Cover Crops for Fall and Winter Grazing

Cover Crops for Grazing

Beef producers can ill-afford to not graze this year in the fall or winter. I'm not sure they ever can but this year hay is very expensive.

Drought ’12 is causing many cattle producers to consider cover crops for fall and winter grazing. Hay is very expensive and in short supply, and corn silage will be short in many areas.  A lack of feed is leaving a number of dairy and beef producers looking to liquidate their herds.

Two years ago I wrote about grazing cover crops in the winter. It highlights the value of oats, cereal rye, and turnips in combination. There is also an attached video included with that article.

See this post for video from this past winter.

Several producers have seen beef cattle gain up to 3.5#/head/ day when grazing cover crops over the winter.

Gene Schriefer an Ag/Ag Business agent from Iowa County Wisconsin has seen great results with grazing cover crops.  Gene reports:

I just completed my third season of grazing seed salad cover crops on my own farm and have been working with several of our local dairy and beef graziers about incorporating this into their rotation. Thus far the lowest RFQ has been 220. I’ve done summer mixed, cool season mixes and summer and cool season mixes together. While initial livestock experience has been skeptical, once they get a taste, cattle (and sheep) cannot get enough and refuse to eat orchardgrass/red clover.

Utilization with break wires appears to be 90% or more (I’ll need to do a pre/post grazing residual measure). In 2009, the first year I stockpiled an August seeding into December waiting for snowfall. An 11″ snow storm hit us early in December and I released the cattle. They bury their heads under a foot of snow digging out the crop. So far we’re pretty bullish on covers for grazing and looking at doing more. Uniformly everyone (myself included) find the ground to be very mellow the following spring for seeding…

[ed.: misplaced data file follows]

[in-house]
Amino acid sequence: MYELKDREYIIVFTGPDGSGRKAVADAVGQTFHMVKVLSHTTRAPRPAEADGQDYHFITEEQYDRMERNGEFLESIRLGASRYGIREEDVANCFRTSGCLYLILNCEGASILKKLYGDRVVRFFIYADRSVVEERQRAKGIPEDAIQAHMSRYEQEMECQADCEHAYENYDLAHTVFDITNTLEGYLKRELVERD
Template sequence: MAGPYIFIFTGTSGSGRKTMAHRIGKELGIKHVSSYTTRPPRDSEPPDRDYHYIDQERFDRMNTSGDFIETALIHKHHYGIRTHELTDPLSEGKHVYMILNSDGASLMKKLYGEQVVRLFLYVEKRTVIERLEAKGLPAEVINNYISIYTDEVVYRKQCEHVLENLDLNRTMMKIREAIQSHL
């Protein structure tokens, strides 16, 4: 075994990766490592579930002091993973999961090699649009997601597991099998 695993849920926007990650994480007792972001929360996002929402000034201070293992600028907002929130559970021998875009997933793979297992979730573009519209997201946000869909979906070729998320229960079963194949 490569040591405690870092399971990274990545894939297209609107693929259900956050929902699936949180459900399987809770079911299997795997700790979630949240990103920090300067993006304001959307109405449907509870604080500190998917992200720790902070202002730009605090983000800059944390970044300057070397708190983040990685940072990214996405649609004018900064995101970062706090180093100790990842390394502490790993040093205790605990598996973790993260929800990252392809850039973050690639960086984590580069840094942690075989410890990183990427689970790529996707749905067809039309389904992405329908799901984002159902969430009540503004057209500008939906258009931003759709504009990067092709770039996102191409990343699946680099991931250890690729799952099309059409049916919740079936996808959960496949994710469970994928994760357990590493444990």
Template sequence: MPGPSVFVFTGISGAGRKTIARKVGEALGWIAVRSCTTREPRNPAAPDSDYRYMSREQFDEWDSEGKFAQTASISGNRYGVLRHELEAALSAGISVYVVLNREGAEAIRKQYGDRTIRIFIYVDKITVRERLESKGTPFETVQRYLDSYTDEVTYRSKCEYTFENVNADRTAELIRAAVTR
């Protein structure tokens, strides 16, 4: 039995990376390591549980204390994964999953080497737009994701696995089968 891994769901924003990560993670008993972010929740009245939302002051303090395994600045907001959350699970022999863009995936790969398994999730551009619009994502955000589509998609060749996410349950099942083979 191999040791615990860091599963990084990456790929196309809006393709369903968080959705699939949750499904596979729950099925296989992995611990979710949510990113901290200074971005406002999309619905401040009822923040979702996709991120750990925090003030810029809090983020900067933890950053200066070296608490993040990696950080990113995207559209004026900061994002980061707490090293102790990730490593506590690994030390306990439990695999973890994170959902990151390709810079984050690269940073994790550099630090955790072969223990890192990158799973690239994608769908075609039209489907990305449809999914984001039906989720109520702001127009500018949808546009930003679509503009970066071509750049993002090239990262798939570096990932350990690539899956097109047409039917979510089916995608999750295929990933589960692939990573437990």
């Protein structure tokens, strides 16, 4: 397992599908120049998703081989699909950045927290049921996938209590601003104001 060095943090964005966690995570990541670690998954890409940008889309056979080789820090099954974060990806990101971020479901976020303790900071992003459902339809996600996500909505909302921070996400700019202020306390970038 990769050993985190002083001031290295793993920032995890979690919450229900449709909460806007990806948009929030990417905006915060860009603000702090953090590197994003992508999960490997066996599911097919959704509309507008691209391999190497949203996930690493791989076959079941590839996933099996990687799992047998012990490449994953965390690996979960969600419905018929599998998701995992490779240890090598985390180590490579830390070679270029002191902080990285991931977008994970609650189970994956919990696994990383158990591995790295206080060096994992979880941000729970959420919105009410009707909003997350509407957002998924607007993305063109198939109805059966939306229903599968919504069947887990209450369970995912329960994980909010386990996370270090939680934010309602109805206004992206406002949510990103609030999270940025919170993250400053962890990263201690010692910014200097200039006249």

I’ve been encouraging dairies to try cover crops for summer and early fall to aid in managing manure applications.

Here are some additional options that may work in different situations and for different animals too.

Fall Forage Fast – For Grazing

Many producers report that their cattle produce more milk when grazing BMR sudangrass or BMR sorghum sudangrass.

BMR Sudangrass or BMR Sorghum Sudangrass

In many areas it is getting late to plant these species (as of July 25).  However, with good fertility, good moisture, and warm temperatures I have seen yields as high as seven tons of Dry Matter of BMR Sudangrass in the Thumb of Michigan when planted after wheat.

However, that included high fertility and excellent growing conditions.  If it remains dry you should not plant these because you will run out of time to get adequate production. There are better options for shorter growing periods.

Oats and Appin Turnips

Dairy cows strip grazing oats and Appin turnips in the fall.

If a producer does not want to have their cover crop overwinter then Oats and Turnips are a great choice for fall and winter grazing.  Plant 2 bu/acre of oats and add 5#/acre of Appin Turnips.

As you can see in the photo it is best to strip graze this mix to get the best results and the most feed.  This mixture needs nitrogen and I’d recommend that you apply 50#/acre of actual N at planting time.  This can be planted after wheat or after corn silage harvest in most regions.

Cereal Rye + Oats + Appin Turnips

This mix is for the producer that wants fall and spring feed.  I have worked with this mixture since the early 2000’s with Ed Ballard (U of IL Extension).  We measured yields as high as 5 tons DM/acre in the fall and an additional 2 tons/acre in the spring at the Dudley-Smith Farm near Pana, IL (Central IL). It was planted after a wheat crop was harvested.

Plant 1  bu/acre Cereal Rye + 1 1/2 bu/acre of Oats and 5#/acre of Appin Turnips.

The oats are nearly 30" tall and the turnips are around 18" in this October photo. The cereal rye was about 6" tall at this time. This mixture was planted in late August and the photo was taken Oct 22 - approximately 8 weeks after planting. My daughter Grace was the model.